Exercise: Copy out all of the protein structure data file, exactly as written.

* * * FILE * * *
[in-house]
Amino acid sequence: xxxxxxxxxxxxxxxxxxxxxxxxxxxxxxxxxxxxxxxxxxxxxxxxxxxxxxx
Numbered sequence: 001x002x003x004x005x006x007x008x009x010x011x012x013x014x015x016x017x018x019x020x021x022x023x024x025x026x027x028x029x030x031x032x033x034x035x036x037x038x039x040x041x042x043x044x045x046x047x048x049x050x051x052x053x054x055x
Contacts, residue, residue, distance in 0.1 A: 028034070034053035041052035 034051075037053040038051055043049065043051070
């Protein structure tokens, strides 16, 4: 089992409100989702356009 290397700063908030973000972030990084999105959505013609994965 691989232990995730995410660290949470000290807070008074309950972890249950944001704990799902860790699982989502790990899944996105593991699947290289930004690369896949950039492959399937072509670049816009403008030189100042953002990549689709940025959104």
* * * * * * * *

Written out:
[in-house]
Amino acid sequence: xxxxxxxxxxxxxxxxxxxxxxxxxxxxxxxxxxxxxxxxxxxxxxxxxxxxxxx
Numbered sequence: 001x002x003x004x005x006x007x008x009x010x011x012x013x014x015x016x017x018x019x020x021x022x023x024x025x026x027x028x029x030x031x032x033x034x035x036x037x038x039x040x041x042x043x044x045x046x047x048x049x050x051x052x053x054x055x
Contacts, residue, residue, distance in 0.1 A: 028034070034053035041052035 034051075037053040038051055043049065043051070
């Protein structure tokens, strides 16, 4: 089992409100989702356009 290397700063908030973000972030990084999105959505013609994965 691989232990995730995410660290949470000290807070008074309950972890249950944001704990799902860790699982989502790990899944996105593991699947290289930004690369896949950039492959399937072509670049816009403008030189100042953002990549689709940025959104």